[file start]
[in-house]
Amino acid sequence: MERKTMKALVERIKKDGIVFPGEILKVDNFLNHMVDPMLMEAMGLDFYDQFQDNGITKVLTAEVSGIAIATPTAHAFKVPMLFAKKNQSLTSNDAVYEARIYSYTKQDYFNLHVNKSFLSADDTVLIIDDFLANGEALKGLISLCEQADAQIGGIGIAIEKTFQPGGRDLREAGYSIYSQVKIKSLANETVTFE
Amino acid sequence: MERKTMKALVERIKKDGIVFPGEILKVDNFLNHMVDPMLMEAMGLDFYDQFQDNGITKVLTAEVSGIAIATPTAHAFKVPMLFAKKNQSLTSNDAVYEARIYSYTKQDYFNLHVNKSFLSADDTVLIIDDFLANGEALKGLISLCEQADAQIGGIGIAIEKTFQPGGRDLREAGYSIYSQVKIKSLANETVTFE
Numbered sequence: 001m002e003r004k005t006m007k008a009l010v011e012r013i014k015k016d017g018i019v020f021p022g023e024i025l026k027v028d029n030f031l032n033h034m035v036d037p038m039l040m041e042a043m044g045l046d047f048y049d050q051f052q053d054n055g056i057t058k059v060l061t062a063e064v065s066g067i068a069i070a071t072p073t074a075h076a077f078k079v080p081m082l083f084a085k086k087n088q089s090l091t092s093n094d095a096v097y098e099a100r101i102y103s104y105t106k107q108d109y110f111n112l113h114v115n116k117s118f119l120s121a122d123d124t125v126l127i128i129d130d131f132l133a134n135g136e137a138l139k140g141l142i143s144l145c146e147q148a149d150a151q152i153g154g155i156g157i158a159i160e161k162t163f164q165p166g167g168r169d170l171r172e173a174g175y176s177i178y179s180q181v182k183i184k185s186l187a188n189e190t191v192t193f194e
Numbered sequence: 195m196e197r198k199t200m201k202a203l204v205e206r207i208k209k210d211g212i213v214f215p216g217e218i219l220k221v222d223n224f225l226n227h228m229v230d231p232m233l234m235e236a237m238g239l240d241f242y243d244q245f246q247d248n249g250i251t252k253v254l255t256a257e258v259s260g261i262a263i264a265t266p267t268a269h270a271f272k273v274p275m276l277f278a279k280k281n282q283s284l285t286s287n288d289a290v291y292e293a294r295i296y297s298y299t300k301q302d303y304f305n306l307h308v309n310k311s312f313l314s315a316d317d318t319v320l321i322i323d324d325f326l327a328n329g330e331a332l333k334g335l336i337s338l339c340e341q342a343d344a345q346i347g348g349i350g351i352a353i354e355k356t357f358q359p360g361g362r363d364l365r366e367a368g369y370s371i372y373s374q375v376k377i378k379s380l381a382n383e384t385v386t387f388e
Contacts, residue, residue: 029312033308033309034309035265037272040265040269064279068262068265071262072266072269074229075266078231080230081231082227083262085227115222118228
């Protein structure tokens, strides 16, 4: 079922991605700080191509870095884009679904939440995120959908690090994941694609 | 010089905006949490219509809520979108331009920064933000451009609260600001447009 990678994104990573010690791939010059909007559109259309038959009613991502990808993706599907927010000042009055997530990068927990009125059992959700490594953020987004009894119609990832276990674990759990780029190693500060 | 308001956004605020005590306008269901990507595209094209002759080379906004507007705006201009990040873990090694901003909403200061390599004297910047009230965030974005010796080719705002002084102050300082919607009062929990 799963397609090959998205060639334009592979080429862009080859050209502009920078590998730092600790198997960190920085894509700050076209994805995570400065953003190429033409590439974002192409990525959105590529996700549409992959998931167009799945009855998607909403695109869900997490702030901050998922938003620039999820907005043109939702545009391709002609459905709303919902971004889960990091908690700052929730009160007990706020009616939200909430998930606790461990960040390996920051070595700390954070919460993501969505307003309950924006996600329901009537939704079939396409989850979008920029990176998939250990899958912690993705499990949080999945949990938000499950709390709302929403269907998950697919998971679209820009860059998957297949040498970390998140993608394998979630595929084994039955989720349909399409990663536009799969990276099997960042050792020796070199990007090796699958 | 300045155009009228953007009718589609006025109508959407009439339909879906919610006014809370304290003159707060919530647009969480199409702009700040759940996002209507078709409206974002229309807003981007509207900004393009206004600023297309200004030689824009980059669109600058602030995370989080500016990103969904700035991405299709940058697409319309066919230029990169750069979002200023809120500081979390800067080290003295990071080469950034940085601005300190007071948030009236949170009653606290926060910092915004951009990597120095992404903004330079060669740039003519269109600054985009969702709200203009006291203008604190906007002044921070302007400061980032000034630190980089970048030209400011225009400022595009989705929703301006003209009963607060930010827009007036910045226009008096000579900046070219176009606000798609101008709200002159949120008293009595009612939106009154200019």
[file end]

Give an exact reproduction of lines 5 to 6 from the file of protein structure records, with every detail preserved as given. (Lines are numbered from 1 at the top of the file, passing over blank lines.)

Numbered sequence: 195m196e197r198k199t200m201k202a203l204v205e206r207i208k209k210d211g212i213v214f215p216g217e218i219l220k221v222d223n224f225l226n227h228m229v230d231p232m233l234m235e236a237m238g239l240d241f242y243d244q245f246q247d248n249g250i251t252k253v254l255t256a257e258v259s260g261i262a263i264a265t266p267t268a269h270a271f272k273v274p275m276l277f278a279k280k281n282q283s284l285t286s287n288d289a290v291y292e293a294r295i296y297s298y299t300k301q302d303y304f305n306l307h308v309n310k311s312f313l314s315a316d317d318t319v320l321i322i323d324d325f326l327a328n329g330e331a332l333k334g335l336i337s338l339c340e341q342a343d344a345q346i347g348g349i350g351i352a353i354e355k356t357f358q359p360g361g362r363d364l365r366e367a368g369y370s371i372y373s374q375v376k377i378k379s380l381a382n383e384t385v386t387f388e
Contacts, residue, residue: 029312033308033309034309035265037272040265040269064279068262068265071262072266072269074229075266078231080230081231082227083262085227115222118228